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When Can You Retake A Tee Shot in Golf?

Learn when golfers can retake a tee shot in various scenarios: out of bounds, lost balls, unplayable lies, and more.
Golf Tee Shot

Every hole starts with a tee shot where the designated tee markers are located on the teeing area at the beginning of each hole. However, situations may arise where a golfer is allowed to retake their tee shot. When playing socially, you may retake a tee shot which is called a mulligan. 

However, you should not count your score officially and have it towards your handicap index. Some players like to give a mulligan or a breakfast ball only on the first tee shot of the day if you are not happy with it. In this article, we will explore the scenarios when players can opt for a do-over and the implications of such decisions.

Out of Bounds (OB)

One of the most common scenarios that permit a golfer to retake a tee shot is when the ball goes out of bounds. “Out of bounds” refers to areas outside the boundaries of the golf course, typically marked by white stakes or boundary lines or a fence. When a tee shot finds its way beyond these boundaries, the player incurs a penalty stroke and then must take another shot from the original spot. 

This rule, known as the “stroke and distance” penalty, is a vital aspect of golf that ensures players stay within the confines of the course and play each hole as intended. If you are unsure if your ball stayed in bounds of the course area, you are allowed to re-hit it from the original spot as a provisional ball or a “just in case” I can not find my ball in-bounds. This will save time and not slow your group down so you don’t have to run back to hit another one. I will elaborate on this more at the end.

Lost Ball

In the sprawling landscape of a golf course, it is not uncommon for a shot to disappear from view. When a player is unable to locate their ball within the allowed time (usually three minutes) and not in the penalty area, the ball is declared lost. In such cases, the player is obligated to hit another shot from the original spot last played. This rule prevents players from benefiting from wayward shots and ensures that each stroke is accounted for during the round.

When a player is unsure of whether or not their ball is lost, many will hit a provision shot, which is a backup shot just in case they’re not able to find their ball.  

Note: You should always check about a local rule at the golf course you are playing and see if some areas like native grass or fescue are being played as a penalty area even if it is not marked with red paint or stakes. Or if you hit your golf ball in the water. This would mean that you could drop two-club lengths from where it entered the penalty area and take a penalty stroke. This would save you to go back and hit from the original spot and to save time as well.

Unplayable Lie

Golf courses are diverse environments, with challenging terrains and hazards that can pose obstacles to players. Should a player find their ball in an unplayable lie, they have the option to declare it so and retake their tee shot. 

This situation can occur when the ball is nestled up on tree roots, lodged in a bush, or in a precarious position within a bunker. By declaring the ball unplayable, the player incurs a one-stroke penalty and take the following three options:

Re-teeing

The player can return to the original spot played incurring a one-stroke penalty.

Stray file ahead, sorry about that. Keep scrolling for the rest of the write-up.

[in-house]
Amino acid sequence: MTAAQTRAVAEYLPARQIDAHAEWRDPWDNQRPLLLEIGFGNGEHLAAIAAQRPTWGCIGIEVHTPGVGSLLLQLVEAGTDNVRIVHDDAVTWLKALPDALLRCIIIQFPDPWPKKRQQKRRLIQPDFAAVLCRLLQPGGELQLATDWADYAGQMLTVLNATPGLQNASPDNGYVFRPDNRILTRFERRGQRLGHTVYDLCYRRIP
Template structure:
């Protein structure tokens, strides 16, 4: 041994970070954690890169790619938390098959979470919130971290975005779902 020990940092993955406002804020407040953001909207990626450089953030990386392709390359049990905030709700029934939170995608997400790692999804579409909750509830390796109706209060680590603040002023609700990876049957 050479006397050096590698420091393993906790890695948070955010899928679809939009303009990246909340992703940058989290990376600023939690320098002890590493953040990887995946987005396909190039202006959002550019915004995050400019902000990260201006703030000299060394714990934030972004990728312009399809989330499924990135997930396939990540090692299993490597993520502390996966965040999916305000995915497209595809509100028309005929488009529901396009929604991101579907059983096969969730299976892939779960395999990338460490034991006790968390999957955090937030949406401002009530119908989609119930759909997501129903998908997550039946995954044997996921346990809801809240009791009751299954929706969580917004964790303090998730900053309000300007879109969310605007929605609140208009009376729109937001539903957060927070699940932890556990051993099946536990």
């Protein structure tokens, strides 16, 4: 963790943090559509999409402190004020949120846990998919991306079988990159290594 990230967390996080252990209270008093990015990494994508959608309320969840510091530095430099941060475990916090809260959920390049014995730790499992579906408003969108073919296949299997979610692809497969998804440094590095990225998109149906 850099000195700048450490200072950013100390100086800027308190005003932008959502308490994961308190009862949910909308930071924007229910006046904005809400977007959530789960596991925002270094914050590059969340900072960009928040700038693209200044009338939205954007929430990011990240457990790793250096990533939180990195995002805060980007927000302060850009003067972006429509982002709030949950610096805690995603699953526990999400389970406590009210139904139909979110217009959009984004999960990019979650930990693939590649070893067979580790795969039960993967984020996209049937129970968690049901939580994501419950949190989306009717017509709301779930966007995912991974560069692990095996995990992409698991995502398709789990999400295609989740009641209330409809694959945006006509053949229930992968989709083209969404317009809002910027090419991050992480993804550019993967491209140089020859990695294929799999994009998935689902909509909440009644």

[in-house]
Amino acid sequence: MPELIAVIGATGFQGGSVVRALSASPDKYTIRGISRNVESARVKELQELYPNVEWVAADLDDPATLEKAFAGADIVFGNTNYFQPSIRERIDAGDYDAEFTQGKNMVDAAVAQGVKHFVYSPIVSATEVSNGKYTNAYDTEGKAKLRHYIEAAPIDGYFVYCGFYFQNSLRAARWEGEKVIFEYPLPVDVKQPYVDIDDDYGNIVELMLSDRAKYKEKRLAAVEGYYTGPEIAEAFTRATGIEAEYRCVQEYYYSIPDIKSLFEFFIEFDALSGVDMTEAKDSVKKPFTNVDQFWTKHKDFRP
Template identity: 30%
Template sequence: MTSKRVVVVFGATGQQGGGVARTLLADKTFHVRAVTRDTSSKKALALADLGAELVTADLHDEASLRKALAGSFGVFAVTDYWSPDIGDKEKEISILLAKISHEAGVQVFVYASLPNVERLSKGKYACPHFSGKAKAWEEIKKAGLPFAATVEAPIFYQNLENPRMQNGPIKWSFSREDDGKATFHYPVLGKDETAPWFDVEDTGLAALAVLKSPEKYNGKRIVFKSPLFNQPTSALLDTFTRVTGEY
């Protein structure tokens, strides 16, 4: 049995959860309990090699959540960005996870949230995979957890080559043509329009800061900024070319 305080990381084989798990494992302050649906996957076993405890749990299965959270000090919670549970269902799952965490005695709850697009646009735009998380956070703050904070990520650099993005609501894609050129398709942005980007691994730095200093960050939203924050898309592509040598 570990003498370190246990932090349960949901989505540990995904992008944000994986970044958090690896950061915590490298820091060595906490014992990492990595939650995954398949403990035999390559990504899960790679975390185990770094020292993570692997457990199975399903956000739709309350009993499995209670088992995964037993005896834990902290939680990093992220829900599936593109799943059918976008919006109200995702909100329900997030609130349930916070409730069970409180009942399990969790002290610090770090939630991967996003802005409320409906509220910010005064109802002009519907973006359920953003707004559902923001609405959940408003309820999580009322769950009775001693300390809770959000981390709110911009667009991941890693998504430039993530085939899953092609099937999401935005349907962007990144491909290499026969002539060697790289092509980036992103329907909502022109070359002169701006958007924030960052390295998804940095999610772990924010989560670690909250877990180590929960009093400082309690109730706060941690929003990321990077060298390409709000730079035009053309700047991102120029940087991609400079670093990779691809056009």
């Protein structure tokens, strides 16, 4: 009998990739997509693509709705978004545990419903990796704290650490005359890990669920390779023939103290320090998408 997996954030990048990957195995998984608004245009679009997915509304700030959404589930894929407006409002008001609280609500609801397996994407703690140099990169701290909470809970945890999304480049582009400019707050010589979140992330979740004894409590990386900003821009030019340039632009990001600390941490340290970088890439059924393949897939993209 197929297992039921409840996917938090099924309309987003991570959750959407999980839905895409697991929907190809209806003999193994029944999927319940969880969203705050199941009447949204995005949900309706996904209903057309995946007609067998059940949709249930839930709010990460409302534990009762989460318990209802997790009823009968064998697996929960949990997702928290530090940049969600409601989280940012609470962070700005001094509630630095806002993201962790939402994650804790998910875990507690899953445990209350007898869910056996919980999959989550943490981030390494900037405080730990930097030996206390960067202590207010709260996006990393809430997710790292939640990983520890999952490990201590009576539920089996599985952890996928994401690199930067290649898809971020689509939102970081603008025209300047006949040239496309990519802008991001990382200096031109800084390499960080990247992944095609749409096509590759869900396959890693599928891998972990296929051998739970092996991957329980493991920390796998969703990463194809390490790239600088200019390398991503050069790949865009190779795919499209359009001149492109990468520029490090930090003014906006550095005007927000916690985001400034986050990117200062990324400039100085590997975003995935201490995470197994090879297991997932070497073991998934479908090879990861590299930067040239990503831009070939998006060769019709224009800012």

Dropping

The player can take a drop within two club lengths of the point where the ball lies, but no closer to the hole, again incurring a one-stroke penalty.

Line of Play

The player can drop the ball along a line drawn from the hole through the point where the ball lay, with no limit to the distance behind the ball. This option also comes with a one-stroke penalty.

The Provisional Tee Shot

Occasionally, golf courses may implement specific local rules to adapt to unique circumstances or conditions on their grounds. One such example is the provision for a “provisional tee shot.” This rule allows players to hit an additional tee shot if they suspect their original tee shot might be lost outside a penalty area or out of bounds. The provisional shot acts as a safety net; if the original ball is found playable, the provisional shot is abandoned. The player must also declare that the next shot is a Provisional Ball to the other players. 

However, if the original ball is indeed lost or out of bounds, the player continues with the provisional ball, incurring a penalty stroke. Stipulated local rules are essential for maintaining a fair and enjoyable game, particularly in scenarios where standard rules might not suffice.

Conclusion

The rules surrounding when a golfer can retake a tee shot are vital for maintaining fairness and integrity in the game. Out of bounds, lost balls, and unplayable lies all present challenges that can lead to additional strokes and, at times, frustration. Understanding these rules not only ensures adherence to the game’s traditions but also emphasizes the significance of accuracy, decision-making, and adaptability on the golf course.

As players strive to improve their skills, they should approach each tee shot with a combination of skill and caution, remembering that even the best golfers may occasionally need a second chance from the tee. By embracing the rules and learning from each experience, golfers can appreciate the beauty of the game and continually work toward mastery, knowing that each tee shot is a fresh opportunity to succeed.

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V Tongwarin

V Tongwarin

Visanu Tongwarin or “Coach V” is a Class A PGA Teaching Professional at Legacy Ridge Golf Course and Walnut Creek Golf Preserve in Westminster, Colorado. V's brings his passion for teaching the game of golf to all levels of golfers from running children clinics to training state champions and seasoned professionals.